Two hundred years ago, Missouri was rocked by an earthquake so severe it made the Mississippi River flow backward and set off church bells in Boston more than 1,000 miles away.
These details help convey the staggering scale and reach of what was a remarkable geologic event. Today, along with those accounts, we would also get a number: the magnitude of the earthquake. But that number is based on a logarithmic scale, and can be hard to grasp.
Earthquakes aren't measured linearly, but in orders of magnitude. Which means a 6.1 magnitude quake like the one that shook Northern California over the weekend is about twice as big as the 5.8 earthquake that rattled Washington, D.C., in 2011—and nearly three times as strong in terms of the amount of energy it released. Some more context: The 7.0 earthquake that devastated Haiti in 2010 was eight times bigger than the Northern California quake, and released 22 times more energy. None of this jibes with the linear way people use numbers for most measurements in daily life.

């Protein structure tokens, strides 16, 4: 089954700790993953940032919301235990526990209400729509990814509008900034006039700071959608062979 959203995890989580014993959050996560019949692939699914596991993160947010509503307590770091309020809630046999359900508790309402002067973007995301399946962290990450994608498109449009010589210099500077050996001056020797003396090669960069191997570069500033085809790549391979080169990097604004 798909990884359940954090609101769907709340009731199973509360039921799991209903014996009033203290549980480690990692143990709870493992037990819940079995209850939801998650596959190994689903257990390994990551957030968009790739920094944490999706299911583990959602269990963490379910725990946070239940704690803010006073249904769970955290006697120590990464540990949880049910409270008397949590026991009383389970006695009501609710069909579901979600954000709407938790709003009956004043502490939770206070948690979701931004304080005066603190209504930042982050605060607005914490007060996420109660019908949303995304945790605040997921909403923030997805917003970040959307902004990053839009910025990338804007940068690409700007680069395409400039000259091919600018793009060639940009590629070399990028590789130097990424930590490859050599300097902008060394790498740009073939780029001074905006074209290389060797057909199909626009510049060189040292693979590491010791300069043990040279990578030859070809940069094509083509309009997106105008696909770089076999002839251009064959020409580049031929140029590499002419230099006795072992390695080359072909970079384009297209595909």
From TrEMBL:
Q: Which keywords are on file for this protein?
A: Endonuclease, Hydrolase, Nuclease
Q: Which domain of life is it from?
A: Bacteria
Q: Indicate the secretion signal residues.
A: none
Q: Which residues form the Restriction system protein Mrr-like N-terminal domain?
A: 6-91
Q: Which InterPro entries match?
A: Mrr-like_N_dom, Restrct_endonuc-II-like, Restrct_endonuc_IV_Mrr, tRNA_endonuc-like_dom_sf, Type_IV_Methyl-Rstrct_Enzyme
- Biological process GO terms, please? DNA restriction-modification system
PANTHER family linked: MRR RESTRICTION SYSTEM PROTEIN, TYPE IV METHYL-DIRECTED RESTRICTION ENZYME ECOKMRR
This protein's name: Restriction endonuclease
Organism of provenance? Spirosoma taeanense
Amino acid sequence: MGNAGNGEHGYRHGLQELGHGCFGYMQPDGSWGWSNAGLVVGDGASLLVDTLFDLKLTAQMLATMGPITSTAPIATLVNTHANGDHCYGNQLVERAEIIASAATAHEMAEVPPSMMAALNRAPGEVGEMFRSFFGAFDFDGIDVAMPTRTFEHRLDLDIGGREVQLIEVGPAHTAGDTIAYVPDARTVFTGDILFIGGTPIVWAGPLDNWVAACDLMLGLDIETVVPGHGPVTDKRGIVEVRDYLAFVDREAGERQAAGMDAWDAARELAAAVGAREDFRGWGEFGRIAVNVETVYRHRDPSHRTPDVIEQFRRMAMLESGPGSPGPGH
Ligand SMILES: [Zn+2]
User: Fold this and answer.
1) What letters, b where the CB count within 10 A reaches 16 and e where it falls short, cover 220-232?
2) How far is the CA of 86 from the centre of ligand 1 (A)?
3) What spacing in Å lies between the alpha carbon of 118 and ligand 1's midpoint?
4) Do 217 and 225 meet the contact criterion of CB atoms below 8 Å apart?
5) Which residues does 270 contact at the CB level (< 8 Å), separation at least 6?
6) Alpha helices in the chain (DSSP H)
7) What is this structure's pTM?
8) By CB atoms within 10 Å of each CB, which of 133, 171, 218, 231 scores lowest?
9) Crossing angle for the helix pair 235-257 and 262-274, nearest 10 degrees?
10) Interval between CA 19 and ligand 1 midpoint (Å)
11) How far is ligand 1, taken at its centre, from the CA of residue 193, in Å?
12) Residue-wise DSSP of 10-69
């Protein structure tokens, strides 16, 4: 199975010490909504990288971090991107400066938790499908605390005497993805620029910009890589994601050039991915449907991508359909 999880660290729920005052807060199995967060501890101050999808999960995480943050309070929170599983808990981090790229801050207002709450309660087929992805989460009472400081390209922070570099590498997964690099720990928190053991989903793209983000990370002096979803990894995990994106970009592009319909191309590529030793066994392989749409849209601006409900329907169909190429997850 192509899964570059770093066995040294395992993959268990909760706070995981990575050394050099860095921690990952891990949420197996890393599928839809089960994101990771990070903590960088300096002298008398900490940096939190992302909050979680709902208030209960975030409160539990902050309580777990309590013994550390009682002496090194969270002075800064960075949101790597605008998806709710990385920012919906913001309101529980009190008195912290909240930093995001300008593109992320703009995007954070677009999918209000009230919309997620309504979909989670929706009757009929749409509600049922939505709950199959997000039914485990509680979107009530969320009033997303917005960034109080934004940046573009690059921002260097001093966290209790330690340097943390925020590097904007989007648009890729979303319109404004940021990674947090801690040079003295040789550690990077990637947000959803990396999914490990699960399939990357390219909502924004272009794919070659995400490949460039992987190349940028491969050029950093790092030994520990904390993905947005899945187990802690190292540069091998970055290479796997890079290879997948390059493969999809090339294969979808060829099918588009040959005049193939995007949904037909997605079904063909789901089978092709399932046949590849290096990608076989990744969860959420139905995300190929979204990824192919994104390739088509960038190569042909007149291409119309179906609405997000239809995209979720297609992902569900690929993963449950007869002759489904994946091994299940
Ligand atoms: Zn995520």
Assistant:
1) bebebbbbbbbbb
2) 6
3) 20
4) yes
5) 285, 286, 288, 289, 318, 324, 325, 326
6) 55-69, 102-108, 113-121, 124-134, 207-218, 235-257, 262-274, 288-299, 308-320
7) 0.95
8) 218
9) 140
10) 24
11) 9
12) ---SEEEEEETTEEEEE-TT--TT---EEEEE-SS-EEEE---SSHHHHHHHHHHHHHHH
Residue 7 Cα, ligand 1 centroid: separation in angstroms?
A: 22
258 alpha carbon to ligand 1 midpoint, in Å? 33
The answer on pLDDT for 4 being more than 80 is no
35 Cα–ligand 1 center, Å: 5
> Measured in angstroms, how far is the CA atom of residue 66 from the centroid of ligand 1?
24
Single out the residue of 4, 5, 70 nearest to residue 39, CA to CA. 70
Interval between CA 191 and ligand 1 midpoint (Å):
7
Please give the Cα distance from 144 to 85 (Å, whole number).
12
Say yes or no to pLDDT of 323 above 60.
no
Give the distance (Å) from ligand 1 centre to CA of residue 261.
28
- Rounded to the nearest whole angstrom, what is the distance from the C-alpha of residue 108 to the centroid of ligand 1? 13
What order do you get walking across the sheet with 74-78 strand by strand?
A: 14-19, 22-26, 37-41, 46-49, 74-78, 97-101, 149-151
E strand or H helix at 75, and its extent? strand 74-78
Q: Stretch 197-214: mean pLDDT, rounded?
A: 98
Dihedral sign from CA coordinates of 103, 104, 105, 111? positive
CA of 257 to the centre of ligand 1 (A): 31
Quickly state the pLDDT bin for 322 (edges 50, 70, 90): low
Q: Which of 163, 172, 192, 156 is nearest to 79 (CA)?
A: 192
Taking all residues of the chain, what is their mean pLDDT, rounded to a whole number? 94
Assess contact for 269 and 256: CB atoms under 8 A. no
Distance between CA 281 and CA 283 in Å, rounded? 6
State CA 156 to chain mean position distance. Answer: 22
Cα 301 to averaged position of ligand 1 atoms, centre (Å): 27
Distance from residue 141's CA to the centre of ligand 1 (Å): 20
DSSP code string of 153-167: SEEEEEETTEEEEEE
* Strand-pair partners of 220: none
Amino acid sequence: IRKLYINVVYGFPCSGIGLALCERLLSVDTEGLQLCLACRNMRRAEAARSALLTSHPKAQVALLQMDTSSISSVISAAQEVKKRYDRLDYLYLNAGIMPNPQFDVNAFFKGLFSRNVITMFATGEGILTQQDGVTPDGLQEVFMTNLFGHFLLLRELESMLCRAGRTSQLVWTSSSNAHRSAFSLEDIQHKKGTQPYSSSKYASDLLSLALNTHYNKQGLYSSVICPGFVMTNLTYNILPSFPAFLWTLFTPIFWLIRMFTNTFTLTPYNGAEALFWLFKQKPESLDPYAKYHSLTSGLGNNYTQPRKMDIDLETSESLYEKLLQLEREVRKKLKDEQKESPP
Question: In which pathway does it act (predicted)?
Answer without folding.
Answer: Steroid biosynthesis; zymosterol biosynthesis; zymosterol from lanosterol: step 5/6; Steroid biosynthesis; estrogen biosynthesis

Here's how Jesse Singal explained it over at New York magazine earlier this year:
On a linear scale, we know that four is twice as big as two and eight twice as big as four. This is what a casual observer of earthquake magnitude scales would expect: that an earthquake of 6.0 packs twice the punch of a 3.0. But no! In reality, a 6.0 quake releases 31,622.776 times as much energy as a 3.0 quake. And a 7.0 releases 31.622 times as much energy as a 6.0.
So why do geologists talk about earthquakes this way? Why not use a scale that operates more like the ones used to measure weight, or length, or temperature, or any number of other natural phenomena?